The Broke and The Bookish have thrown down the gauntlet once again, challenging fellow book bloggers to list the best beginnings and endings of books. Regular readers will remember that I pretty much covered my favourite beginnings in this post, ‘A Good Opening Line Can Make All the Difference’, so I think I’ll focus on endings here.
1. Jack Kerouac’s On The Road, ‘So in America when the sun goes down and I sit on the old broken-down river pier watching the long, long skies over New Jersey and sense all that raw land that rolls in one unbelievable huge bulge over to the West Coast, and all that road going, and all the people dreaming in the immensity of it, and in Iowa I know by now the children must be crying in the land where they let the children cry, and tonight the stars’ll be out, and don’t you know that God is Pooh Bear? the evening star must be drooping and shedding her sparkler dims on the prairie, which is just before the coming of complete night that blesses the earth, darkens all the rivers, cups the peaks and folds the final shore in, and nobody, nobody knows what’s going to happen to anybody besides the forlorn rags of growing old, I think of Dean Moriarty, I even think of Old Dean Moriarty the father we never found, I think of Dean Moriarty.’
Listen to him read it here:
2. Race by Studs Terkel, ‘I look at older people now and I love them. My father is beautiful…he says things that I think are crazy, and a few years later I find out that it wasn’t so crazy. That guy knew what he was talking about. If somehow we could get objectivity. If there were some big universal mirror…
I have faith we can mature. Stranger things have happened. Maybe America, maybe the world is in its adolescence. Maybe we’re driving home from the prom, drunk, and nobody knows whether we’re going to survive or not. Maybe we’ll survive and maybe we’ll be a pretty smart old person, well-adjusted and mellow.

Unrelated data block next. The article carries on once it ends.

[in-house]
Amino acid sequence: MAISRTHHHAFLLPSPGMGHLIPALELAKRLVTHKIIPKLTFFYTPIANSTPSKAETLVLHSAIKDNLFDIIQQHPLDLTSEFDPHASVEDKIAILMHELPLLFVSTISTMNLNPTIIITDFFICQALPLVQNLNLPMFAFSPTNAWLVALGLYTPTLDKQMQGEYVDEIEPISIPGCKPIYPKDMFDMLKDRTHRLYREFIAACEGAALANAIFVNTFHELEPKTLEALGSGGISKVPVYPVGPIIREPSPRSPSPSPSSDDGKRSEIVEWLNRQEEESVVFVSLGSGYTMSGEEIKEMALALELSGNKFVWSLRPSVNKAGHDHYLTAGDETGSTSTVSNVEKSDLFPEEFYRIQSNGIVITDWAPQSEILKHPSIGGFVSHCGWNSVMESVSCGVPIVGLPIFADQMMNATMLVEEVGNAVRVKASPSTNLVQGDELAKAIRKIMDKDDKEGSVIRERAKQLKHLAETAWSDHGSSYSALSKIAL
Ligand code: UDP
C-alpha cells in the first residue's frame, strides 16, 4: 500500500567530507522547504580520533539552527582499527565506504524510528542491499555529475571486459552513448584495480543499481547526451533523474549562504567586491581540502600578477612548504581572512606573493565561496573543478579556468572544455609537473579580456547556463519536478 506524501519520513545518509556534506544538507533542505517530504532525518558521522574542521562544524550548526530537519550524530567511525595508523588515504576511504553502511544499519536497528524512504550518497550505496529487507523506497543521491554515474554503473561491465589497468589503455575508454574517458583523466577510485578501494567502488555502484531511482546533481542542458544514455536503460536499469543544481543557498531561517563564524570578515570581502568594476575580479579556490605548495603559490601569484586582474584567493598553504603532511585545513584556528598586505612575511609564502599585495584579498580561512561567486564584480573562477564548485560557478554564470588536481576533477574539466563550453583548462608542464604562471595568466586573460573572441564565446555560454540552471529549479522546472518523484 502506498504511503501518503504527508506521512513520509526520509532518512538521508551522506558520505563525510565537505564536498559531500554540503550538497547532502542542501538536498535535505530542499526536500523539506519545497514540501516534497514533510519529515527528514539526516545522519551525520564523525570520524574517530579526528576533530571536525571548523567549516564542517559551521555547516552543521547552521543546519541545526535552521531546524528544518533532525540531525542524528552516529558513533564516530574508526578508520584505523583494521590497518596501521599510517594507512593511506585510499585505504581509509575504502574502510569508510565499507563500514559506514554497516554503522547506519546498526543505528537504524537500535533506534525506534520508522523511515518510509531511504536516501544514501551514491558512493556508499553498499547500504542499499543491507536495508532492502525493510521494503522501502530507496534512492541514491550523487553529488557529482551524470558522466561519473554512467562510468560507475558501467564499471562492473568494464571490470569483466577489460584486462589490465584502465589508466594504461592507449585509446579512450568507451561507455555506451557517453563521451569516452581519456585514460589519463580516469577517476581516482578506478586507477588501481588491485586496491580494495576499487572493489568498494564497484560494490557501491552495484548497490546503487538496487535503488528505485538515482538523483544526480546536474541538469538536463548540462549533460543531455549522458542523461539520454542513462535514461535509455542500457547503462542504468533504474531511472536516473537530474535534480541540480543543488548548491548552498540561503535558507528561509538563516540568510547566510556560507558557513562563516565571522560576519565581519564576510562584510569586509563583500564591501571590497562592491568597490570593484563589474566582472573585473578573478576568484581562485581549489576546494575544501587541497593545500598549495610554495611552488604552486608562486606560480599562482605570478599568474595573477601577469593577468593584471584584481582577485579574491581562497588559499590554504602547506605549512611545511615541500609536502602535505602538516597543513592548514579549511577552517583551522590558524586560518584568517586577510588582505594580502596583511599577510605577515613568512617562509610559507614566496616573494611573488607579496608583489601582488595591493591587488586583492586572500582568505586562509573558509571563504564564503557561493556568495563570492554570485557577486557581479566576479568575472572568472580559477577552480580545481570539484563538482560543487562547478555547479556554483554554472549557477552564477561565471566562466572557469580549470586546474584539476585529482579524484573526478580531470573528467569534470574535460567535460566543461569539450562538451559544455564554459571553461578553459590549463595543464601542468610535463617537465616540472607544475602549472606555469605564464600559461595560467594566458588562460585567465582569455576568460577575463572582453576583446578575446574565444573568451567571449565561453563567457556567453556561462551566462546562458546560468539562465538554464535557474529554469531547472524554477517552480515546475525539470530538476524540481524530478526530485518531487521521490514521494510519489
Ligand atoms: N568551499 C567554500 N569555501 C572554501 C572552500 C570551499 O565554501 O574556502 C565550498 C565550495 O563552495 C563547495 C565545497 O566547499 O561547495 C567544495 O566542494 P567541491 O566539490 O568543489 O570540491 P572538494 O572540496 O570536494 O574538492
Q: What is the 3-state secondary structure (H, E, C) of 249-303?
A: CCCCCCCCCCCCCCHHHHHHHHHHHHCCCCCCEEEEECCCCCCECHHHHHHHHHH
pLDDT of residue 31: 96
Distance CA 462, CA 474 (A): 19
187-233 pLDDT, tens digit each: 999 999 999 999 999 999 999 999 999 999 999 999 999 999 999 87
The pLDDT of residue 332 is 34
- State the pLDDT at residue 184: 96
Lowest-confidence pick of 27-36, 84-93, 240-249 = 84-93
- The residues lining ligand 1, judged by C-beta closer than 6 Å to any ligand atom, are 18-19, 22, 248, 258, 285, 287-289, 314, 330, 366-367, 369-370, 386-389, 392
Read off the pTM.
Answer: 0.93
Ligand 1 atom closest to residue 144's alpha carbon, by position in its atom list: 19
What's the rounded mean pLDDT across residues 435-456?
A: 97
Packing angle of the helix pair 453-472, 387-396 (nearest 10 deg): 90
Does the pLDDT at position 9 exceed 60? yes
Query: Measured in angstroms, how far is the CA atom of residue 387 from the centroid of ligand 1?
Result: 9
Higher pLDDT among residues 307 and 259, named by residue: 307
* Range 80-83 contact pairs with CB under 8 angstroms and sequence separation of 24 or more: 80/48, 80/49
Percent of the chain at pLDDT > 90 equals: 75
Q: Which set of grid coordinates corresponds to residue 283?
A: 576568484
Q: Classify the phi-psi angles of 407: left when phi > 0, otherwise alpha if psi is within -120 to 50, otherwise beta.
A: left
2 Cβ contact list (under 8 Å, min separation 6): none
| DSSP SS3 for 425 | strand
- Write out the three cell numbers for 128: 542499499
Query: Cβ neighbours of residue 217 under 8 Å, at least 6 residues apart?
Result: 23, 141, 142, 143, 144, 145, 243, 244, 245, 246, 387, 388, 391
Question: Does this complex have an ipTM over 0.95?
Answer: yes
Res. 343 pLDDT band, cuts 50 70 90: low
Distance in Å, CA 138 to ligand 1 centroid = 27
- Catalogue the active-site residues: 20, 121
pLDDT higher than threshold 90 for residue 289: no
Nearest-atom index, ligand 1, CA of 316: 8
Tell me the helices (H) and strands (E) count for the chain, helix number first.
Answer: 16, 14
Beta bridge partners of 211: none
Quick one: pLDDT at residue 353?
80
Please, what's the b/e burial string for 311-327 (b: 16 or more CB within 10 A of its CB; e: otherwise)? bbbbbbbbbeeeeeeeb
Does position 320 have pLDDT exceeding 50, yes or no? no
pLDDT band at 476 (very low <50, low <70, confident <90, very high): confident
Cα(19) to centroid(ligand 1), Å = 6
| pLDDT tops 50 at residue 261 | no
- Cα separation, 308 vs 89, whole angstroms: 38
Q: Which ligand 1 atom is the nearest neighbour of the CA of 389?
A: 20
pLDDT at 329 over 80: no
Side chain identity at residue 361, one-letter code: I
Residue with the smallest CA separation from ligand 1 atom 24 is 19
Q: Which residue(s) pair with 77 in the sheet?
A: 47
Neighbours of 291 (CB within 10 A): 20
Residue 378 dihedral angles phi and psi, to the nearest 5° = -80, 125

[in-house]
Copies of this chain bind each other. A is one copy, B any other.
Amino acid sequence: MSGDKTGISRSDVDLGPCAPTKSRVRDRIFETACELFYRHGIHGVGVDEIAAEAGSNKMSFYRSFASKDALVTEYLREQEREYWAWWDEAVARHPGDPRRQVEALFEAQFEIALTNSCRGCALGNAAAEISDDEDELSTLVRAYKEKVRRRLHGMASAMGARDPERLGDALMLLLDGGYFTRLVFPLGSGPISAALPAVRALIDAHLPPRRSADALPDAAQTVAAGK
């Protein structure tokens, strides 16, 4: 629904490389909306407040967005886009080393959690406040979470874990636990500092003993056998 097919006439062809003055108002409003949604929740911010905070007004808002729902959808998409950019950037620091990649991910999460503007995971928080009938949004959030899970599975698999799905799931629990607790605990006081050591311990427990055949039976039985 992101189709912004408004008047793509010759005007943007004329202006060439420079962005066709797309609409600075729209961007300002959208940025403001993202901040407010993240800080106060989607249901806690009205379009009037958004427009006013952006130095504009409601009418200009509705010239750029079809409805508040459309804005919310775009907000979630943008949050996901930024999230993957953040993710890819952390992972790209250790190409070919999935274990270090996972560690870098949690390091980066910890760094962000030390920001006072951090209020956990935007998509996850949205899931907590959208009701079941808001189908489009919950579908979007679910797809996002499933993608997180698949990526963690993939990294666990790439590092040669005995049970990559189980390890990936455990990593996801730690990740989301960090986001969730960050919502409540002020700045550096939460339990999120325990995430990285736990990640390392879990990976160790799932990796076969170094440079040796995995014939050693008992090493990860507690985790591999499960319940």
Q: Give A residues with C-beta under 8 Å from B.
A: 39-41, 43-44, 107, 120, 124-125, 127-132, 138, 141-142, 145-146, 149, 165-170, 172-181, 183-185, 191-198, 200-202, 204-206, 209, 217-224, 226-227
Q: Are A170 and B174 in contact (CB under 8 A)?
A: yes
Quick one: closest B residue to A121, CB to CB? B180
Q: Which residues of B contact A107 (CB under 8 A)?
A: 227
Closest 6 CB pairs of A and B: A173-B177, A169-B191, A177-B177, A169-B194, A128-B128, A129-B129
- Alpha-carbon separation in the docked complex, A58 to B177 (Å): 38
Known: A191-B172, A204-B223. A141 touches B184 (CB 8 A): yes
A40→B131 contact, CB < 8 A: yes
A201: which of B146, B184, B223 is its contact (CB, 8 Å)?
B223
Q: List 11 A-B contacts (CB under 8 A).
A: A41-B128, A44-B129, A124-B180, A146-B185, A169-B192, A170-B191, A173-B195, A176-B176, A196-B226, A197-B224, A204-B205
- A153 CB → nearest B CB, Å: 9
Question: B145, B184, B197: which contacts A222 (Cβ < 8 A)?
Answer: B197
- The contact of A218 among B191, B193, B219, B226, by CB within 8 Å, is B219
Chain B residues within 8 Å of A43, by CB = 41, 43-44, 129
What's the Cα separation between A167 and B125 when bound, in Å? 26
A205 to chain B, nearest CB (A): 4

I am guardedly optimistic- definitely guardedly. If everything is going to hell, it would be hard for me to get up in the morning. But I can’t honestly say, “sure, things will get better.” We might not make it home from the prom.’
3. F. Scott Fitzgerald’s The Great Gatsby, ‘Gatsby believed in the green light, the orgiastic future that year by year recedes before us. It eluded us then, but that’s no matter — tomorrow we will run faster, stretch out our arms farther…. And one fine morning —
So we beat on, boats against the current, borne back ceaselessly into the past.’
5. James Joyce’s The Dead, ‘His soul swooned slowly as he heard the snow falling faintly through the universe and faintly falling, like the descent of their last end, upon all the living and the dead.’
6. Imperial Woman by Pearl S. Buck (look out for a review later this week), ‘”I have not been so happy since I was a child,” she told them. “I remember now that when I was a child I loved to run into the rain-‘…
“Heaven sends the rain,” she said. “How can I, a mortal, command the clouds?”‘
But they insisted, and she could see they desired eagerly to praise her.
“It is for your sake, Old Buddha, that the rain comes down, the fortunate rain, blessing us all because of you.”
“Well, well,” she said, and laughed to indulge them. “Perhaps,” she said, “perhaps-“
8. William Shakespeare’s King Lear, ‘The weight of this sad time we must obey,
Speak what we feel, not what we ought to say.
The oldest have borne most; we that are young
Shall never see so much, nor live so long.’
9. Gerry Stoker’s Why Politics Matters ‘Achieving mass democracy was the great triumph of the twentieth century. Learning to live with it will be the great achievement of the twenty-first.’
10. Dave Gorman vs. The Rest of The World ‘Do you play any games? Real life, not computer games. Would you like a game?’
Full evaluations of the last two can be found in this post about how to effectively end a non-fiction piece. Please not that the numbering is not a ranking, just the order in which they occurred to me.
What do you think of my selections? What are your favourite endings of books?